On any given sunshiny day, you will see many riding motorcycles. A love affair with V-twin motorcycles and particularly old American V-twins has created an almost cult-like following for some of old names like Harley-Davidson and Indian. Although Harley-Davidson survived over the years, others like Indian were not so fortunate. But there has been a resurgence of interest and many modern manufacturers have tried to emulate these old (and new) classics. Flathead engines were left in the weeds of history superseded by newer overhead valve designs however, as time went on, fascination with this bygone era has renewed and is alive and well. We at Kiwi Indian MotorCycle Company specialize in Indian motorcycles and offer many improvements to make the engines much more powerful and reliable.
Cams and Valve Train
In 2000, Kiwi brought to market the world’s first proprietary Indian flathead engine since the original factory closed in 1953. One of the biggest challenges to air cooled flathead engines is their top ends. Excessive heat retention, bore distortion, head gasket sealing and valve train life expectancy are the normal weakness and where development is continually ongoing.
The cam train is very simplistic and minimalistic yet very functional. One cam operates the intake and exhaust valve on the front cylinder while the other cam operates the intake and exhaust valves on the rear cylinder. A male and female cam follower is pivoted above the cam providing the transfer to the pushrod and then in turn to the valve. Different cam profiles can be fitted for different performance or riding styles but they have to be properly mated to the appropriate cam follower. The cam follower center lengths are made in differing lengths to achieve the desired valve timing. The contact surface between the cam follower and cam is transitioned via a roller and axle (see Figure 1). Cam followers are of a male/female forked design and pivot on their own shaft (see Figure 2). Original cam followers were of a forged design and heat treatment was not adequate as it led to them being pounded out which equates to constant tappet adjustments. Modern Indian cam followers are made from billet 8620 material and heat treated to Rc 60-62 for zero wear (see Figure 3). These in turn are mated with pushrods of the same material and heat treatment. Pushrods have been upgraded with an external spiral while the pushrod guide has an internal spiral as these spirals aid oil lubrication by spreading out the oil film and increasing pushrod life (see Figure 4).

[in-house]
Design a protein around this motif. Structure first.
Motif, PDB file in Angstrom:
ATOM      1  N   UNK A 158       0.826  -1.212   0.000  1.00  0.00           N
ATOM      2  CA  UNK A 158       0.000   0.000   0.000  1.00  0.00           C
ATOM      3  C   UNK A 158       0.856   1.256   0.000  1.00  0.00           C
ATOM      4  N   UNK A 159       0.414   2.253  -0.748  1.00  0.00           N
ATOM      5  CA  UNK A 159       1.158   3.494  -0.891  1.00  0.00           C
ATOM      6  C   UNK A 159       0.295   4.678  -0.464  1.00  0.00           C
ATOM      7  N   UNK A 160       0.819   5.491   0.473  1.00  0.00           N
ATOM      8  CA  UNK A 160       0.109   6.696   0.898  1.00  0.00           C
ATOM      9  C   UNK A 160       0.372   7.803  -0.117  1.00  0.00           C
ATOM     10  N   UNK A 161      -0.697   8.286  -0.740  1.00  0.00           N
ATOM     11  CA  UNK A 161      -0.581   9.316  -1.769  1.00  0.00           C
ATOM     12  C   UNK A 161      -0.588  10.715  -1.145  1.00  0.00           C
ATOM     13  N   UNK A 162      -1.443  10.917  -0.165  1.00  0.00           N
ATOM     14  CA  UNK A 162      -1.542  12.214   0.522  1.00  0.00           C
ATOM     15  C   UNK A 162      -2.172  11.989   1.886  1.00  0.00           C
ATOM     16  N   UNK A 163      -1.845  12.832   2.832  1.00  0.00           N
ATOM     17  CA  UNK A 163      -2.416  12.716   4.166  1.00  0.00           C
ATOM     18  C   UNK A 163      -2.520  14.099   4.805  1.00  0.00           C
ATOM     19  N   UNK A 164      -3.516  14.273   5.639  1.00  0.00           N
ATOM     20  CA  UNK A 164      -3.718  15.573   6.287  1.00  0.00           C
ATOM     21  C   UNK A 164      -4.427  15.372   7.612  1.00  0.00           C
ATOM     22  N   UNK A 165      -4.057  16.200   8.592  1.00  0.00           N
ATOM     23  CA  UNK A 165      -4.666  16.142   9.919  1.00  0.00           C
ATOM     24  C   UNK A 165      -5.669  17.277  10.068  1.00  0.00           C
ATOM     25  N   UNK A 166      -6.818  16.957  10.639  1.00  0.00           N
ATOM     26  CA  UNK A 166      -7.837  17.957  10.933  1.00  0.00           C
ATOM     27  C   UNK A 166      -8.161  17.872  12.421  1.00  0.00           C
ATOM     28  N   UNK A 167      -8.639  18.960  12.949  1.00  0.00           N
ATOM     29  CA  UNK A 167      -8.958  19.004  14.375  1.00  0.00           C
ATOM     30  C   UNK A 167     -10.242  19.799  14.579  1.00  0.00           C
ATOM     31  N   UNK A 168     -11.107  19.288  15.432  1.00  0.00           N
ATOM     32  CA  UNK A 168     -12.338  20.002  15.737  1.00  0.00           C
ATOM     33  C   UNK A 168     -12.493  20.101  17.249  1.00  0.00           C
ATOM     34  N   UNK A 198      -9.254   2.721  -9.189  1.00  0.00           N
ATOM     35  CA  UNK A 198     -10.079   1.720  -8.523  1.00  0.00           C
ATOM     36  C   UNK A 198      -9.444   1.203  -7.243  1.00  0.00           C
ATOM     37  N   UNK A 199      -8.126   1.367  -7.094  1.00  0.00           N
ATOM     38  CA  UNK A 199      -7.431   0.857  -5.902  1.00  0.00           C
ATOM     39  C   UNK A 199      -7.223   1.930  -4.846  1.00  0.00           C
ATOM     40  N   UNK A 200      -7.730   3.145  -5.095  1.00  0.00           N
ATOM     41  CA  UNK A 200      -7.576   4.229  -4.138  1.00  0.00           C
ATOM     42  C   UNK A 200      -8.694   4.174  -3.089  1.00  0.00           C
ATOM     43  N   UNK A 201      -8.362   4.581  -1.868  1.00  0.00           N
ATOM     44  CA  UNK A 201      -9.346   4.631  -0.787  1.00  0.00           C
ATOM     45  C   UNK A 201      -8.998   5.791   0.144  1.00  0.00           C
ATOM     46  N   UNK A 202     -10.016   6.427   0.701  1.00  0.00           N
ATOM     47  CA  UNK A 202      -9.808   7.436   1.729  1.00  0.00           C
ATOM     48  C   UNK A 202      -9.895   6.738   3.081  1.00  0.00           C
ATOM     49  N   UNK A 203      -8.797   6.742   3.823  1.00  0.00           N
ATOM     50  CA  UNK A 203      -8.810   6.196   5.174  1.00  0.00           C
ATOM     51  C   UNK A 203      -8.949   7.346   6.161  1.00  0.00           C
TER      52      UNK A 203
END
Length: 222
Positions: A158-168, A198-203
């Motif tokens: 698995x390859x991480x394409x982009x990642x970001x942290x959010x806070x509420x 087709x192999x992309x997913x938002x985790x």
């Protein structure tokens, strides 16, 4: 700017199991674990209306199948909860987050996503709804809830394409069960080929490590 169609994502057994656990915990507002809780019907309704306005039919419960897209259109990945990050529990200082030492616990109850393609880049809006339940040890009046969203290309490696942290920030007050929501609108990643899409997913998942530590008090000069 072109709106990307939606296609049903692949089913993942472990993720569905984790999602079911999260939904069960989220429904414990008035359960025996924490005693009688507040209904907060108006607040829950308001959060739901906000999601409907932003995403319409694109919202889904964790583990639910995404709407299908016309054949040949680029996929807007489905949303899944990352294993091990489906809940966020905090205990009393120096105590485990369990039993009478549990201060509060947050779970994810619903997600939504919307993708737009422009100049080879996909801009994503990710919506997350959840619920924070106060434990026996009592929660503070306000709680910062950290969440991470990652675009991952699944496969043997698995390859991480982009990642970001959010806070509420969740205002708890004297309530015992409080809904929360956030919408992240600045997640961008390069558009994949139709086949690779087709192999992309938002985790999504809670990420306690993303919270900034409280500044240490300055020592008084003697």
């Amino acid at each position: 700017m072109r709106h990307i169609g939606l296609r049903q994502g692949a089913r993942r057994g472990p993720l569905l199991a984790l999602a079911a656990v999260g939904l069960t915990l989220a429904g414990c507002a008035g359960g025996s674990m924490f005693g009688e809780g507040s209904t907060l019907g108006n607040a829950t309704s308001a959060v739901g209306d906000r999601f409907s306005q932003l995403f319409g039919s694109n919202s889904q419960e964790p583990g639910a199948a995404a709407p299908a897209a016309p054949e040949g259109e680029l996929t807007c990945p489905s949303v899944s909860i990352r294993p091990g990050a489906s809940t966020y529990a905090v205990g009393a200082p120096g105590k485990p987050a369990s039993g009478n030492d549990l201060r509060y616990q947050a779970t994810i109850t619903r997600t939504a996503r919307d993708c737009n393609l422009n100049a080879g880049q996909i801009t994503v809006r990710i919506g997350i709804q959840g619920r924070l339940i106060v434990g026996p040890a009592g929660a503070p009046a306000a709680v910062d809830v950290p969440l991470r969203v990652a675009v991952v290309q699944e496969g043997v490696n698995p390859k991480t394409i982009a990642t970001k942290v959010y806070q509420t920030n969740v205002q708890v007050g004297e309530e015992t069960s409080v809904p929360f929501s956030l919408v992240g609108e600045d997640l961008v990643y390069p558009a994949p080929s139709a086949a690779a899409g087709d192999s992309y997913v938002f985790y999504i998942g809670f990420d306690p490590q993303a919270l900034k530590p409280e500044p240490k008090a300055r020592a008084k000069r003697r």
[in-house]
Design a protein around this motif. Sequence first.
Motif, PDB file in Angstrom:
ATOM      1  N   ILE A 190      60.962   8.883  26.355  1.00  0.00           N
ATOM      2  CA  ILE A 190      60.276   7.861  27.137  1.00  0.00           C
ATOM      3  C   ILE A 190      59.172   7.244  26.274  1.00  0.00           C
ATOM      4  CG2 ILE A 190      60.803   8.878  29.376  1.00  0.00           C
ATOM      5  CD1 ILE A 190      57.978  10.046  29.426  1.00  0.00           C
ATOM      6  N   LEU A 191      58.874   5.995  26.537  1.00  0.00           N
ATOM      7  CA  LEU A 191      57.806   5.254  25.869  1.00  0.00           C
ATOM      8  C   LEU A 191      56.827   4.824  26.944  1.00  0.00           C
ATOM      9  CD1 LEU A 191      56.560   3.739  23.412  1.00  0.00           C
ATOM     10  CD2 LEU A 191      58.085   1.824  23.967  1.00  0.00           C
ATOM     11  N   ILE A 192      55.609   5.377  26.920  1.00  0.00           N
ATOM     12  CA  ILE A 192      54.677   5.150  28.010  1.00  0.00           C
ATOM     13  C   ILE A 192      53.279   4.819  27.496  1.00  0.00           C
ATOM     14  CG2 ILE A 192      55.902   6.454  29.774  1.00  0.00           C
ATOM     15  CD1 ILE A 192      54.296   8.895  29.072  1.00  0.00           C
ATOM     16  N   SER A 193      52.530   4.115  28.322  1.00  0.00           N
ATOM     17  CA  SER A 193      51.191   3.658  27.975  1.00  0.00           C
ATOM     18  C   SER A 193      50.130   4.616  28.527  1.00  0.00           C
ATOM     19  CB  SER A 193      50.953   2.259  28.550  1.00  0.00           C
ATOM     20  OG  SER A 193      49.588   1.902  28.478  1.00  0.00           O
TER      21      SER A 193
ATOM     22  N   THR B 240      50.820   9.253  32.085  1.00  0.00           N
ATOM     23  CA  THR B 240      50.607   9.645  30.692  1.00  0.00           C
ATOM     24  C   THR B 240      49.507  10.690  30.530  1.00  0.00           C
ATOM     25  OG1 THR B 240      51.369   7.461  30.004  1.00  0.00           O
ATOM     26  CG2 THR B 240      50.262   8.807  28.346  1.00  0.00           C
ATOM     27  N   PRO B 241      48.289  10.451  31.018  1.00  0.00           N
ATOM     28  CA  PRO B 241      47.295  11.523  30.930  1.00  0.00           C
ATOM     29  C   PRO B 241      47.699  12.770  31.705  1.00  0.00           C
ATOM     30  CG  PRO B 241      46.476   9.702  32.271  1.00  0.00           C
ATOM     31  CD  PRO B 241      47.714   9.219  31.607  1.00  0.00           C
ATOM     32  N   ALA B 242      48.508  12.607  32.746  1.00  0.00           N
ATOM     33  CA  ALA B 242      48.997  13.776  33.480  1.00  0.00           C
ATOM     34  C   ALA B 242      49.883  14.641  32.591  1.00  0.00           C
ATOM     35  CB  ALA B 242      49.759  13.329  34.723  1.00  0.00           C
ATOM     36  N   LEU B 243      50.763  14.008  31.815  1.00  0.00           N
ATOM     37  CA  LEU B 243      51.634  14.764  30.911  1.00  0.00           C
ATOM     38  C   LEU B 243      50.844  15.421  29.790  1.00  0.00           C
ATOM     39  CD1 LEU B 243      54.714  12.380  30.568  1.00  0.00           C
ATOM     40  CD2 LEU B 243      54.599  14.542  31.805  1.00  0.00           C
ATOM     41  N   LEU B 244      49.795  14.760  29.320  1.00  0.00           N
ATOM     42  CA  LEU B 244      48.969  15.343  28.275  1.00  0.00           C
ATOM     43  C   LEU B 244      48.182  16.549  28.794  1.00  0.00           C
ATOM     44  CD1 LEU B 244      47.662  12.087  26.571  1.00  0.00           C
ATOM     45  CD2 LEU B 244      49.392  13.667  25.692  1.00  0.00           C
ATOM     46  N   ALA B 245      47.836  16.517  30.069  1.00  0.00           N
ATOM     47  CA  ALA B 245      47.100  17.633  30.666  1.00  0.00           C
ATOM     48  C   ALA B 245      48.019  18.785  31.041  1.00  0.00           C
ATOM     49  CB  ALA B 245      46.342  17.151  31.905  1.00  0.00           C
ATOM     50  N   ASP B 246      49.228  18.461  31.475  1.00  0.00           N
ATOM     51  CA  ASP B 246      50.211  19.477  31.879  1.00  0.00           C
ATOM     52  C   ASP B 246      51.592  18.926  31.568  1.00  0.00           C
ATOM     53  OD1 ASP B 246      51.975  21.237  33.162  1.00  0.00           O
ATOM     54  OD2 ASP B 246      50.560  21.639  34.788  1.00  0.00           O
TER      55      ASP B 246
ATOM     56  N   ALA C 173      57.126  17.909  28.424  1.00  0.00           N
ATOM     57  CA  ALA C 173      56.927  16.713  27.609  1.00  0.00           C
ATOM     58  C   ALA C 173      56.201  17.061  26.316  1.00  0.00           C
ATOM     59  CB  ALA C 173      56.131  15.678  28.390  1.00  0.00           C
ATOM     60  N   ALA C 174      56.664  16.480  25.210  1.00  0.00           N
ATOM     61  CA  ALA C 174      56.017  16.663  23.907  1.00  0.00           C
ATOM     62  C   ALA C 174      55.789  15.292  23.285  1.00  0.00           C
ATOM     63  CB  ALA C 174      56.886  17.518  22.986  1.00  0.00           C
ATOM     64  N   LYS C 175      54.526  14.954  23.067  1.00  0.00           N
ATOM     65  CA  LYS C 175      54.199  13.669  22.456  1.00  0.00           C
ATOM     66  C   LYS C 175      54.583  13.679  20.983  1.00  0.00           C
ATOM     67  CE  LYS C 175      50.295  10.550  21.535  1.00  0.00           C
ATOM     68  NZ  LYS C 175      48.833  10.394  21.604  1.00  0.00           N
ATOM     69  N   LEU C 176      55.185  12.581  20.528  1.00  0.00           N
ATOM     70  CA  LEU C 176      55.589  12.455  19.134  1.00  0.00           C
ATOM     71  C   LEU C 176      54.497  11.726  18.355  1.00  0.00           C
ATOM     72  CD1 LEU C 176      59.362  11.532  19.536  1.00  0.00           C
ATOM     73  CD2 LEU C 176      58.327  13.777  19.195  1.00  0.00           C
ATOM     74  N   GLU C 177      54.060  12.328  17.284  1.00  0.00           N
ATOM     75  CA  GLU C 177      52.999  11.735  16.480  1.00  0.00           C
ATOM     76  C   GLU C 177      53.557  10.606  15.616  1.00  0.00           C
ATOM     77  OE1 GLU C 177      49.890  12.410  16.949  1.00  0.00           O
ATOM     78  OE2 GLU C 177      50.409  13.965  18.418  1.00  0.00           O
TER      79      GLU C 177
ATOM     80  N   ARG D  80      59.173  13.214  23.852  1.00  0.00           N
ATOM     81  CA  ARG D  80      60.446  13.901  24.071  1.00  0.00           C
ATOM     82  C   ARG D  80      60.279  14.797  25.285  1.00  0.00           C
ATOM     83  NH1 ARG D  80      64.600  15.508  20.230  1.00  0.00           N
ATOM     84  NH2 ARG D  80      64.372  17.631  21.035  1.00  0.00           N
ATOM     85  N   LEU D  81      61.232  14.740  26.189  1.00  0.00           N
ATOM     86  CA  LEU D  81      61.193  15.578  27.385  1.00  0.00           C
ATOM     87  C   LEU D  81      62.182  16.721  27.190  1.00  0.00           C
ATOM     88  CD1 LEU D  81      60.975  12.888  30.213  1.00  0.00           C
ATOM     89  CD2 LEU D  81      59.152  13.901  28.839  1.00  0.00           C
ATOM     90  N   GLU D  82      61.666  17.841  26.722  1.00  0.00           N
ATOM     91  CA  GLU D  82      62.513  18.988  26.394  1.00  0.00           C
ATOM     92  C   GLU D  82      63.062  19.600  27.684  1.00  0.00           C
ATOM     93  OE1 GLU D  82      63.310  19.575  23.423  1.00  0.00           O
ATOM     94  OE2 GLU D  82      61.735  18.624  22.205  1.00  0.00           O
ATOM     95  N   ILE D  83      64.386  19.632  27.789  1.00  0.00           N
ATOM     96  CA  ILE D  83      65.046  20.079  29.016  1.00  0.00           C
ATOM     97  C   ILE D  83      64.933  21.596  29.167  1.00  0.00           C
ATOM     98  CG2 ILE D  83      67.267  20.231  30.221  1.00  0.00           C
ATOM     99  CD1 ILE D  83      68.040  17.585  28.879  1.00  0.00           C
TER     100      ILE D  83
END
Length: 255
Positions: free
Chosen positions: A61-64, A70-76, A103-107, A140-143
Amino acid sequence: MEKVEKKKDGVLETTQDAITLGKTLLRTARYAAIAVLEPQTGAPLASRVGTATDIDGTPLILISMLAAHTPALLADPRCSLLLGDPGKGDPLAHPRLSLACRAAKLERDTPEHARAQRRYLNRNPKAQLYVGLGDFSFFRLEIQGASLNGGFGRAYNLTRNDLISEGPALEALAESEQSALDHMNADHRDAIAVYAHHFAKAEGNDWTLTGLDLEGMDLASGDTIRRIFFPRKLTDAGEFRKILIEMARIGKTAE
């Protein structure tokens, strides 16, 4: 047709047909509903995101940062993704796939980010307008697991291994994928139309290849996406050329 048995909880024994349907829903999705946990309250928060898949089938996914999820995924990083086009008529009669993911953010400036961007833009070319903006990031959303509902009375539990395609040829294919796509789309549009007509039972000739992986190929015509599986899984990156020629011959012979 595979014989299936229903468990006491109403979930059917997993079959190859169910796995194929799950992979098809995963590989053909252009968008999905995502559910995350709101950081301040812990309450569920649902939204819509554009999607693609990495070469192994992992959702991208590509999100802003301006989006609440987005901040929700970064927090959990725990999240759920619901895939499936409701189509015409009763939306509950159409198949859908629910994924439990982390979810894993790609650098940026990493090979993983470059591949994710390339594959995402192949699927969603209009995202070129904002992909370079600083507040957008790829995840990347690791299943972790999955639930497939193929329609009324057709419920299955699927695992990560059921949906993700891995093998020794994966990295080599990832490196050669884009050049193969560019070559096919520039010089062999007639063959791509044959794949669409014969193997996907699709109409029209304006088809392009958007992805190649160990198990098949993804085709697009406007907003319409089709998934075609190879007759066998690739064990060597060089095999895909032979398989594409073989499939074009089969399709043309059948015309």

- Cam bushing interference: .0015”-.0025”
- Camshaft clearance: .001”-.002”
- Camshaft end play: .004”-.008”
- Cam to shaft interference: .00075”-.001”
Pushrods & Adjusters Tech
- Tappet clearance: Cold, intake .004”-.006”, exhaust .006”-.008”
- Pushrod clearance: In guide, .002”-.003”